Brightness is simply a measure of how much light is generated by the monitor. Brighter screens are easier to see in a well lit room. Brightness is one of those manufacturer specs that are never realistic, so check the reviews. LCD screens are typically brighter than Plasma. Projectors require a dark room to be able to see the picture and are most popular in basement home theaters.
The anti-glare features of a television can be more important than brightness. If you have ever tried to watch TV on an old tube TV when the sun was reflecting off of it, you understand why glare can be an issue. LCD screens deal better with reflected light vs. plasma and again projectors don't work when there is lots of light.
This is a ratio between the brightest white and the darkest black that the monitor can display. Obviously, if a television is brighter then it can have a better contrast ratio, but this measurement is used more to determine how easy it is to see fine detail on the screen, especially in the darker areas of an image. Plasmas typically have the best contrast ratio because they have better detail in the black colors. This is because a plasma monitor can turn the plasma cell off to create black colors, while the fluorescent tubes or bulbs in other technologies are always on full brightness even when showing black colors. Some (not all) LED based LCDs are the exception to this rule because they can turn off parts of the screen when necessary allowing for better blacks and a better contrast ratio.
Previously, Plasma TVs were more expensive than LCD TVs in the larger sizes, but now the prices have leveled out and it is more of a quality issue. There are large 55"+ low end LCD panels for under $1000 while plasma TVs now tend to focus on the higher end market. DLP and Projectors tend to focus on the larger (80"+) sizes that cannot be achieved with LCD or Plasma which still maintaining a low price.
Today almost all TVs are 1080P or True HD, which translates to a 1920x1080 pixel resolution progressive scan. This means that there are 1,920 X 1,080 = 2,073,600 individual colored dots that make up the image. More pixels mean a better quality image. You may find some small (42" and less) low end LCDs that are 720P, which oddly enough is a 1366x768 pixel resolution. Unless you are getting a small TV for a bedroom, kitchen... I would stick with 1080P only.
Color saturation measures the amount of grey in a pixel. More grey means a lower color saturation. Plasma typically has better color saturation for the same reason that it has a better Contrast Ratio. It can completely turn off pixels for a black image instead of letting light leak through for a grayish black. LED based LCDs also have a better Color Saturation over standard LCD panels.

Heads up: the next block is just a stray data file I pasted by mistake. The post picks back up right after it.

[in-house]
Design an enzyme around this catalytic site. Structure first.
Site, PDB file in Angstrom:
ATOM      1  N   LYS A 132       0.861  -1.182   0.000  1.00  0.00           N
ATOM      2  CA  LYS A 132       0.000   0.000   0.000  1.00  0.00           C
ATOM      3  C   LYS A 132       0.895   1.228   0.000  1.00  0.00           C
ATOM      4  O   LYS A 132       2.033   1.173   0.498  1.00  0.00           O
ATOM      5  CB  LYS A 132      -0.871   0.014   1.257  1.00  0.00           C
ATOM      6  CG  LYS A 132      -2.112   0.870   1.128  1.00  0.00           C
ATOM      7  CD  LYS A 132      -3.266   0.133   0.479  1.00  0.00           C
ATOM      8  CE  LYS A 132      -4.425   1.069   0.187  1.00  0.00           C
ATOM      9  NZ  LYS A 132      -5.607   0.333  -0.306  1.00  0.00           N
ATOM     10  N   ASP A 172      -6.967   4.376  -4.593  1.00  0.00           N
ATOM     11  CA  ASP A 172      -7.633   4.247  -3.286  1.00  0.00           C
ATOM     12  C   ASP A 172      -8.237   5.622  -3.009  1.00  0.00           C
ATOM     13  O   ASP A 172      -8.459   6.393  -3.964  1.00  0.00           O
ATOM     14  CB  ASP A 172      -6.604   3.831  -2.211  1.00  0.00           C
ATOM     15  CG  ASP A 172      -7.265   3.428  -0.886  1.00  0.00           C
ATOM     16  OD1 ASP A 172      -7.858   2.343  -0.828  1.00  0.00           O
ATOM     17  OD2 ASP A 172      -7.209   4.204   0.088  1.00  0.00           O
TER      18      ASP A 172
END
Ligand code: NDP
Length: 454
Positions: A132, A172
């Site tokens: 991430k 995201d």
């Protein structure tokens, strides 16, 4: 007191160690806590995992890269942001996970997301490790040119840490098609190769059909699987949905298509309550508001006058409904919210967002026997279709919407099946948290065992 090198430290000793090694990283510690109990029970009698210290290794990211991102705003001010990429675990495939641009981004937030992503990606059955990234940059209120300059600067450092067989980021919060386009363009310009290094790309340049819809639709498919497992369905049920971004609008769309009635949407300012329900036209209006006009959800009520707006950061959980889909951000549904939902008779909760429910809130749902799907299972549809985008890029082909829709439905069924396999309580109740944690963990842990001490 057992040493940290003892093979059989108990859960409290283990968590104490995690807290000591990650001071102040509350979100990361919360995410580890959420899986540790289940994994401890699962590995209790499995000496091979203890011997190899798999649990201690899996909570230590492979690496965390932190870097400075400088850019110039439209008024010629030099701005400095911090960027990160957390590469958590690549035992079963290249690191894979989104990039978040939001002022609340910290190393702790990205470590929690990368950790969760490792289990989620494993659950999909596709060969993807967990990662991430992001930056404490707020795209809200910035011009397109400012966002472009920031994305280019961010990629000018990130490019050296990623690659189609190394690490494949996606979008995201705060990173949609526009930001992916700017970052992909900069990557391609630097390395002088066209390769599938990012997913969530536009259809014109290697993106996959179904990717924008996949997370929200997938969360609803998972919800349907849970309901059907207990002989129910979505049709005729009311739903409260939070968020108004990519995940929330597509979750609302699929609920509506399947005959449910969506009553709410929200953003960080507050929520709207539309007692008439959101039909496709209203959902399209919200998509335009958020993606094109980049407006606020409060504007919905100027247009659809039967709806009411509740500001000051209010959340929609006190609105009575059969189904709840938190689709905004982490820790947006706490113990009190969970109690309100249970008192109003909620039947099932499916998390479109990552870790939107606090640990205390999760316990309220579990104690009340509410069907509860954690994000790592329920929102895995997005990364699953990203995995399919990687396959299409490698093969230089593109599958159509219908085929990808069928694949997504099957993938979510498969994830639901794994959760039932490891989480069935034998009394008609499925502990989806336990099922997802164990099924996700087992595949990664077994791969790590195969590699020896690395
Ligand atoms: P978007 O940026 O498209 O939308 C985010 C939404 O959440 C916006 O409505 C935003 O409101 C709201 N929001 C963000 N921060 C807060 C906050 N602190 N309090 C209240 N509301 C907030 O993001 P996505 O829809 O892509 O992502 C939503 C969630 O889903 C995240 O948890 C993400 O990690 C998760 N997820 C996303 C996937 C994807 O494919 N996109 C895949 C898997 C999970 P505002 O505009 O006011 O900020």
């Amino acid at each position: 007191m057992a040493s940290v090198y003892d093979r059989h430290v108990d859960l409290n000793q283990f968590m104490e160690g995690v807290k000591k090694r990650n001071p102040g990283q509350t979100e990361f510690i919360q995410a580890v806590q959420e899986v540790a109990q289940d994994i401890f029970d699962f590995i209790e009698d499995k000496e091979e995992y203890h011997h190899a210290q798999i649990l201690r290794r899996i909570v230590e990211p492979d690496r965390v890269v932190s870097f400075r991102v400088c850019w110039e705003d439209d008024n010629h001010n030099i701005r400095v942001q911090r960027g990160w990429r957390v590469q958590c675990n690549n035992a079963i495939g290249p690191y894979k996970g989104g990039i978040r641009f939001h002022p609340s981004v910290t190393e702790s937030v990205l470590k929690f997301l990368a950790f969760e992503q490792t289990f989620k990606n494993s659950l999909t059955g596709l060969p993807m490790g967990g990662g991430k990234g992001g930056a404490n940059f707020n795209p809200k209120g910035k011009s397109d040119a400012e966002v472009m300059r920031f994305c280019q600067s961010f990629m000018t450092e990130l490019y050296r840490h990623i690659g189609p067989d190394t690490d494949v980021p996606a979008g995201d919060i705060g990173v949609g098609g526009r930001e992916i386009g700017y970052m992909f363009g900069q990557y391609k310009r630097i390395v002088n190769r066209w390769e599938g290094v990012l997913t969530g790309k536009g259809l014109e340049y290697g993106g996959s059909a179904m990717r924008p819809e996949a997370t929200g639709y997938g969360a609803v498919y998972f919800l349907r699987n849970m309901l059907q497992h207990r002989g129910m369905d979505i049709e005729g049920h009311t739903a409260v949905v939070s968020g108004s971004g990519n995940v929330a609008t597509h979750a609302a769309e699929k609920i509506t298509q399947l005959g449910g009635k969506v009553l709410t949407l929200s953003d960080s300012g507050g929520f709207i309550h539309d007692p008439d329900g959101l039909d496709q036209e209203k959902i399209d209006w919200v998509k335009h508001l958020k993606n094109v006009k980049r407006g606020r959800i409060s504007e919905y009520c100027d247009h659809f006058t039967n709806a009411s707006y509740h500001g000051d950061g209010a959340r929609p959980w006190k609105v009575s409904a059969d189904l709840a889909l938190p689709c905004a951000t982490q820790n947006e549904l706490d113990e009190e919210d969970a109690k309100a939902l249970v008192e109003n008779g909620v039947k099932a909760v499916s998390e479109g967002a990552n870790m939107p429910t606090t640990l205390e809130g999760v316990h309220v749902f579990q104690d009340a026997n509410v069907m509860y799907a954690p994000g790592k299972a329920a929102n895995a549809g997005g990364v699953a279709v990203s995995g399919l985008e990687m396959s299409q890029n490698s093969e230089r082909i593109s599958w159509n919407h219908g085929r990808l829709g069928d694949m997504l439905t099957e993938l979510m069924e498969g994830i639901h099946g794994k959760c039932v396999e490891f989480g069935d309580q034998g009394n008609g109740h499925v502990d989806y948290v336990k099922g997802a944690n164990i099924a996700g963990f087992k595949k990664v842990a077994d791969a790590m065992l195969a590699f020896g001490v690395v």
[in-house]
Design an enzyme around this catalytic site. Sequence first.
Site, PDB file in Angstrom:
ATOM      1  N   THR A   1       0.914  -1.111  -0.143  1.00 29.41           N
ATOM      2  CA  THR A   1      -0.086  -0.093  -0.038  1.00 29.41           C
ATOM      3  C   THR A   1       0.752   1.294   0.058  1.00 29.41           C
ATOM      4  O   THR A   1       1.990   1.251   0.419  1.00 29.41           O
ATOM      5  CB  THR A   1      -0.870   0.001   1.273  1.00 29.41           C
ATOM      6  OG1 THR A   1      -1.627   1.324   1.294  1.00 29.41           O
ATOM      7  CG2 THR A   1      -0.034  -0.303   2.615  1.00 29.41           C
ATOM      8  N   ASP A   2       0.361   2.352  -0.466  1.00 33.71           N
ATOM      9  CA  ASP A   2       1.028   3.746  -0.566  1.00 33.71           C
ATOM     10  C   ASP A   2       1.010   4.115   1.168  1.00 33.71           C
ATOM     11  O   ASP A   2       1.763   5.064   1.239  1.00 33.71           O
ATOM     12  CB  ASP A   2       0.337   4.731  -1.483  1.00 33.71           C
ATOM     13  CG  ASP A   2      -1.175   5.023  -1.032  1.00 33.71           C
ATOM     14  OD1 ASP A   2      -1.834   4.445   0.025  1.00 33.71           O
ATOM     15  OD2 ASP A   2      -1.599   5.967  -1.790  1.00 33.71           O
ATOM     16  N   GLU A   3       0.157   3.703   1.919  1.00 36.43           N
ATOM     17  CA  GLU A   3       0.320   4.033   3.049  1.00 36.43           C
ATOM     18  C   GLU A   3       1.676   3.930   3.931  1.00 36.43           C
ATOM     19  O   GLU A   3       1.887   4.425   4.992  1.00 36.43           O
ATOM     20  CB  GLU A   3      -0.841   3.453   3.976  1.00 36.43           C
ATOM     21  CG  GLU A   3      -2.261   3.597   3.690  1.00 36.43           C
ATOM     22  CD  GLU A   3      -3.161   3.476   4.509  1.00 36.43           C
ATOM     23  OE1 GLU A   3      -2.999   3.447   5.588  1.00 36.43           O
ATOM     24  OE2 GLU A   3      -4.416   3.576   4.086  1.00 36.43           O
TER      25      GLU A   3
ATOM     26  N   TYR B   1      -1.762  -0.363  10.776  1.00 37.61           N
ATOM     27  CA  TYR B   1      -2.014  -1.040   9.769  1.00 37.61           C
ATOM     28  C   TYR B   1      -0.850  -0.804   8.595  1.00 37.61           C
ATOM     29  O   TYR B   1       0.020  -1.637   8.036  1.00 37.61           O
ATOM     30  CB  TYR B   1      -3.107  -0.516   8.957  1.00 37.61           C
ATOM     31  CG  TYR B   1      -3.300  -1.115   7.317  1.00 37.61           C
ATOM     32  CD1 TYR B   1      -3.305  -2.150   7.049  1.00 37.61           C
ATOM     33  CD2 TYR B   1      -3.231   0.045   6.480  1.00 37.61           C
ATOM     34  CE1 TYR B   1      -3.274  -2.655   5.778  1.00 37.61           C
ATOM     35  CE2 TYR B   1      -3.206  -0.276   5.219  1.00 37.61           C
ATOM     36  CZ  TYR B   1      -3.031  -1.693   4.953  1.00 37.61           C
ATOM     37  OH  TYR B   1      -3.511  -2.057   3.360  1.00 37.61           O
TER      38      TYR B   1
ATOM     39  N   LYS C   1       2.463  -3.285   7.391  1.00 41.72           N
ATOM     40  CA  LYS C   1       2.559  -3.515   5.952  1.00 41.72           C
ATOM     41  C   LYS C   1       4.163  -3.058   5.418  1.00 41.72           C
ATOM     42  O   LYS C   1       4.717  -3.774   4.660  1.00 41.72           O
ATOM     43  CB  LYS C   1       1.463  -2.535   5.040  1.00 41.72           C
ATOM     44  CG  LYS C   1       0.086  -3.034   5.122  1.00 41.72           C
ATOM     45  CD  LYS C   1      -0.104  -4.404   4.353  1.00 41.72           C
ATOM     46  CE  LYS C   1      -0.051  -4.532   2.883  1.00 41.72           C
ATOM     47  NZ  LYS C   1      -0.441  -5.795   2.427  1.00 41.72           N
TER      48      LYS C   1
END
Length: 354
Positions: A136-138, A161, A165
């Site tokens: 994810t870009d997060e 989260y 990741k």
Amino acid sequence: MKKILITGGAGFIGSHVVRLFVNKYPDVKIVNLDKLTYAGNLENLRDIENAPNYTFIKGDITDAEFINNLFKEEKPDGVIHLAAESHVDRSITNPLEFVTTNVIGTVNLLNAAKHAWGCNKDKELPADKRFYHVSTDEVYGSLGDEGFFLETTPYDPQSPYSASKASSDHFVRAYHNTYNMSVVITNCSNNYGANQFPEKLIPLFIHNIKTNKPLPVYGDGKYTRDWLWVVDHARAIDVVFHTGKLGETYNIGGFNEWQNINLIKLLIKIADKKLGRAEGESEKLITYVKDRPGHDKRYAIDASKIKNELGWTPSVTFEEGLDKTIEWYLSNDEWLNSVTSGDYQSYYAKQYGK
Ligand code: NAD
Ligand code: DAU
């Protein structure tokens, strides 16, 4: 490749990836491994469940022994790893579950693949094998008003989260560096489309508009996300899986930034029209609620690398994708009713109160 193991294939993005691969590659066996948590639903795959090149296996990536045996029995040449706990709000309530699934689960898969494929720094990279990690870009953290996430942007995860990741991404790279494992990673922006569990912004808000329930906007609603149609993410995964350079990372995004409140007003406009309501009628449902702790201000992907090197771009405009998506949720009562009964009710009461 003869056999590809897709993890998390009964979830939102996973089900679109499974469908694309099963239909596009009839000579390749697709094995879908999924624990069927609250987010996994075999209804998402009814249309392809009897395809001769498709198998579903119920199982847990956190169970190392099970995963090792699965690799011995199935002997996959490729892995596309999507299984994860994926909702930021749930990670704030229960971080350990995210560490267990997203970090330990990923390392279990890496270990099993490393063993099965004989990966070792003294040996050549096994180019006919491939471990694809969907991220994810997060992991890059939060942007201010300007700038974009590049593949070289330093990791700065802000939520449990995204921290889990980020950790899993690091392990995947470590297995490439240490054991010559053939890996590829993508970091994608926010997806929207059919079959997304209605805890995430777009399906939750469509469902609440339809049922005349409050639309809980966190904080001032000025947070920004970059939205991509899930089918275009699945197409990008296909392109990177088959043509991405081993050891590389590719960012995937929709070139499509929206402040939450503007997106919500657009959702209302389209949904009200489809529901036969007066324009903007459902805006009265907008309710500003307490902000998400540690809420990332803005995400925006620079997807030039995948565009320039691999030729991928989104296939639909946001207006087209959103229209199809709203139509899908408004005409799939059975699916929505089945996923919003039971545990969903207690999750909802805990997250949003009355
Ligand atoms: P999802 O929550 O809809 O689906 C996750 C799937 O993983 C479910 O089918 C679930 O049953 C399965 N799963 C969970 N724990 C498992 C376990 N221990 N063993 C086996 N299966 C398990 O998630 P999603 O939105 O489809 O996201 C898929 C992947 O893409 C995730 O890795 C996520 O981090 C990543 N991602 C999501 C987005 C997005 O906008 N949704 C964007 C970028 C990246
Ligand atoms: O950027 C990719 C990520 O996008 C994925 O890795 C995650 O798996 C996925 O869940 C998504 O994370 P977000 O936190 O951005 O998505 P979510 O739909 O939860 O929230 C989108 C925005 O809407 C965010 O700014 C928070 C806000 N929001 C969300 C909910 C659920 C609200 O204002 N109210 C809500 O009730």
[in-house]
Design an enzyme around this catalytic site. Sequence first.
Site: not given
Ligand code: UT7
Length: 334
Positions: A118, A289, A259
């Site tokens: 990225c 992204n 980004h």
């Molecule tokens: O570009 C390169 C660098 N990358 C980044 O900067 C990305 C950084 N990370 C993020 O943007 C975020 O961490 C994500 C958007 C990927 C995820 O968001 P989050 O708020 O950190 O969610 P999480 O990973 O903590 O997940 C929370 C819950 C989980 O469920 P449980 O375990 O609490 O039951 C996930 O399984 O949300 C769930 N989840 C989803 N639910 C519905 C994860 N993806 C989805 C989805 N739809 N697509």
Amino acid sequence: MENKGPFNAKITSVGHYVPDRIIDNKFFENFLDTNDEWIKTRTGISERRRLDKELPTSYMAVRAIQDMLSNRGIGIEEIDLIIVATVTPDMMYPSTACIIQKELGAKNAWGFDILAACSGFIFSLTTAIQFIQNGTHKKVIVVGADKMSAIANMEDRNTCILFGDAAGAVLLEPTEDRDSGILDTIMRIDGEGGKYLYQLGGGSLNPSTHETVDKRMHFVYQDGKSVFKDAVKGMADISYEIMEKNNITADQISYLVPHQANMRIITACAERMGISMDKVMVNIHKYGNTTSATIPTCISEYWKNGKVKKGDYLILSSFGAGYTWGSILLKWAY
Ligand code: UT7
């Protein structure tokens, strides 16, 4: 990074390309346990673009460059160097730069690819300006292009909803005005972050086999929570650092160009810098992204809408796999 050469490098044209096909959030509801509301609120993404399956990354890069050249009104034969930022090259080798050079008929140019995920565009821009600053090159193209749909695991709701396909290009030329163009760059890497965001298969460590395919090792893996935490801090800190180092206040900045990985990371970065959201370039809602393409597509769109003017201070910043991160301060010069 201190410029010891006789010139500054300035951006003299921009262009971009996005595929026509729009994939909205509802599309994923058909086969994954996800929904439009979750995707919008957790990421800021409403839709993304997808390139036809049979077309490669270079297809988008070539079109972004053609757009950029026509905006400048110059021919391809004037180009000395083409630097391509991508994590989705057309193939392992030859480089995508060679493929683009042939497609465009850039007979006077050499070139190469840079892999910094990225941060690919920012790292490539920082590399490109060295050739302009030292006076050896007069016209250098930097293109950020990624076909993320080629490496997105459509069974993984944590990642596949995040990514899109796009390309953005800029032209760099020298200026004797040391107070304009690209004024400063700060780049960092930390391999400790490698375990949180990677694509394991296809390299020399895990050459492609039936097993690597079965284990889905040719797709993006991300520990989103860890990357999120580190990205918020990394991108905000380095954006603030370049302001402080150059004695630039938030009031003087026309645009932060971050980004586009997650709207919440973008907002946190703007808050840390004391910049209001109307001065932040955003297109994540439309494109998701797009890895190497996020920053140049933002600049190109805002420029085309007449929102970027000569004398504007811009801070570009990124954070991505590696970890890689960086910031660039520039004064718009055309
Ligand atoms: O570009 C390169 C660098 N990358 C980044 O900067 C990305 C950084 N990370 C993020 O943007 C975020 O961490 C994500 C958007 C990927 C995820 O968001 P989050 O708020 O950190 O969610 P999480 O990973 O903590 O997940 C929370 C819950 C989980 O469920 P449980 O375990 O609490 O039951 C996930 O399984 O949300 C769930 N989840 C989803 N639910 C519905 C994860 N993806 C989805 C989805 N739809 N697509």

Plasma TVs are also better at off axis viewing with good TVs letting the viewer see the picture from any angle - all 180 degrees in front of the TV. LCD TVs may claim 175 degree viewing, but usually some of the colors start to drift well before then. Be sure to see for yourself in a store before making a purchase. Projectors also have very good viewing angles because the light is directly projected on the front screen. The viewing angle on DLPs vary, but are typically not as good as an LCD screen.
Burn-in refers to leaving the same image displayed on a TV too long so that the image is permanently displayed on the television. This can happen when a movie is paused, when a TV station displays their logo on the screen in the same spot for hours on end or when playing video games. Plasma and DLP TVs are the only types that will experience burn-in. Most problems with burn-in have now been resolved. Any DVD or TiVo systems when paused will go into a screen saver. Station logos are now animated or semi-transparent to prevent burn-in. Also, the TVs themselves have some internal protection against burn-in. Still it is possible to damage a Plasma TV by leaving the same image displayed on it too long. If you are going to play a lot of video games or use the TV as a computer monitor, then it is suggested that you get a LCD TV.
TVs can vary so check your manufacturer specs, but typically LCD TVs will last twice as long as a Plasma TV. This means that the back lighting on an LCD TV will last twice as long as the plasma cells on a Plasma screen. Note that this does not indicate if any other electronic component will break first. This is based more on manufacturer reputation and known quality. LED backlit LCDs screens should last even longer than conventional LCDs due to the long life of the LEDs themselves. Also, if one LED burns out it will be less noticeable than an entire fluorescent tube failing. Projectors and DLPs are lit by replaceable bulbs which need to be replaced every couple of years.